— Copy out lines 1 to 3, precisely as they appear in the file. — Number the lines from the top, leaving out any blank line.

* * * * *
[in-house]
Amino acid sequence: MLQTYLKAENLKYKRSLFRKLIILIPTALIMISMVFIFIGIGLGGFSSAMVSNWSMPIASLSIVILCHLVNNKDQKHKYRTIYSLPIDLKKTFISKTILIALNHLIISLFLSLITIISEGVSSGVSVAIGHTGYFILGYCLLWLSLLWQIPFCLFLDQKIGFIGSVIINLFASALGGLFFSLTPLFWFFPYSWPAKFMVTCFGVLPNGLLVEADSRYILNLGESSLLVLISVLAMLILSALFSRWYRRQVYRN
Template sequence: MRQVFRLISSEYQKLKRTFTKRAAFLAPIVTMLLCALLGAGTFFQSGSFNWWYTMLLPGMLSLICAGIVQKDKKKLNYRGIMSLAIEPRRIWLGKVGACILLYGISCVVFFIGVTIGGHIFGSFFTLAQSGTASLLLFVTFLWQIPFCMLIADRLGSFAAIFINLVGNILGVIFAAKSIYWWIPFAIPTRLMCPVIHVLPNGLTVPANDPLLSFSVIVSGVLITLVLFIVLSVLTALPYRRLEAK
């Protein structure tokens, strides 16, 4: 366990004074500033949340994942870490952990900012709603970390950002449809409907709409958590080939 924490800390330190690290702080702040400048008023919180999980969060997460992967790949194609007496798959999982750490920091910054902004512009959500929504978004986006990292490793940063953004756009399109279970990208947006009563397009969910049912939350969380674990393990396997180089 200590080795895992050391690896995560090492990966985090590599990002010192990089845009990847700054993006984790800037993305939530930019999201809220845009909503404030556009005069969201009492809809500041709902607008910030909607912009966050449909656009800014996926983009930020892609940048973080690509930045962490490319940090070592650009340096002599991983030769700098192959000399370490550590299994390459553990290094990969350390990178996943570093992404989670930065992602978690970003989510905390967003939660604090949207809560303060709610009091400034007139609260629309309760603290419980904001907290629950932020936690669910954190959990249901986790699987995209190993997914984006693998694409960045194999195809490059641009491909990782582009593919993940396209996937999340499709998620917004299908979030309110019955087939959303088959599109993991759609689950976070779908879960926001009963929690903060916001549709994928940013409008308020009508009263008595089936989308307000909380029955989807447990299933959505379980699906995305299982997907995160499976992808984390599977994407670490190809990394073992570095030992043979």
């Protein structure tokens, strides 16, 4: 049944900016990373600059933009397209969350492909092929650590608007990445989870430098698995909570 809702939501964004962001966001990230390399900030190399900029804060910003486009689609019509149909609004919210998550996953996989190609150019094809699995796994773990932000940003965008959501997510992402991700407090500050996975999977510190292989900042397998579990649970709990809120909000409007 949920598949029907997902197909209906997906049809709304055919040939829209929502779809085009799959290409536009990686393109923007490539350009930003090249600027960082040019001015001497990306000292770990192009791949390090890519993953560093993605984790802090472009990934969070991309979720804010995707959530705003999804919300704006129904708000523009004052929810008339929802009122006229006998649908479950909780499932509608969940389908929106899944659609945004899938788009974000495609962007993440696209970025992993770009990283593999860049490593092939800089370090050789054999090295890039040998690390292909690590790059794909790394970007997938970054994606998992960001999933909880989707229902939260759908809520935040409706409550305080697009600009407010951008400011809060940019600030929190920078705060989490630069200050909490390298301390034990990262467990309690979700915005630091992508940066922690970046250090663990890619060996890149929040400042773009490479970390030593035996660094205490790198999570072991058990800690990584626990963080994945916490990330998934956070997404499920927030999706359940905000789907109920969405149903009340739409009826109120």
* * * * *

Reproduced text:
[in-house]
Amino acid sequence: MLQTYLKAENLKYKRSLFRKLIILIPTALIMISMVFIFIGIGLGGFSSAMVSNWSMPIASLSIVILCHLVNNKDQKHKYRTIYSLPIDLKKTFISKTILIALNHLIISLFLSLITIISEGVSSGVSVAIGHTGYFILGYCLLWLSLLWQIPFCLFLDQKIGFIGSVIINLFASALGGLFFSLTPLFWFFPYSWPAKFMVTCFGVLPNGLLVEADSRYILNLGESSLLVLISVLAMLILSALFSRWYRRQVYRN
Template sequence: MRQVFRLISSEYQKLKRTFTKRAAFLAPIVTMLLCALLGAGTFFQSGSFNWWYTMLLPGMLSLICAGIVQKDKKKLNYRGIMSLAIEPRRIWLGKVGACILLYGISCVVFFIGVTIGGHIFGSFFTLAQSGTASLLLFVTFLWQIPFCMLIADRLGSFAAIFINLVGNILGVIFAAKSIYWWIPFAIPTRLMCPVIHVLPNGLTVPANDPLLSFSVIVSGVLITLVLFIVLSVLTALPYRRLEAK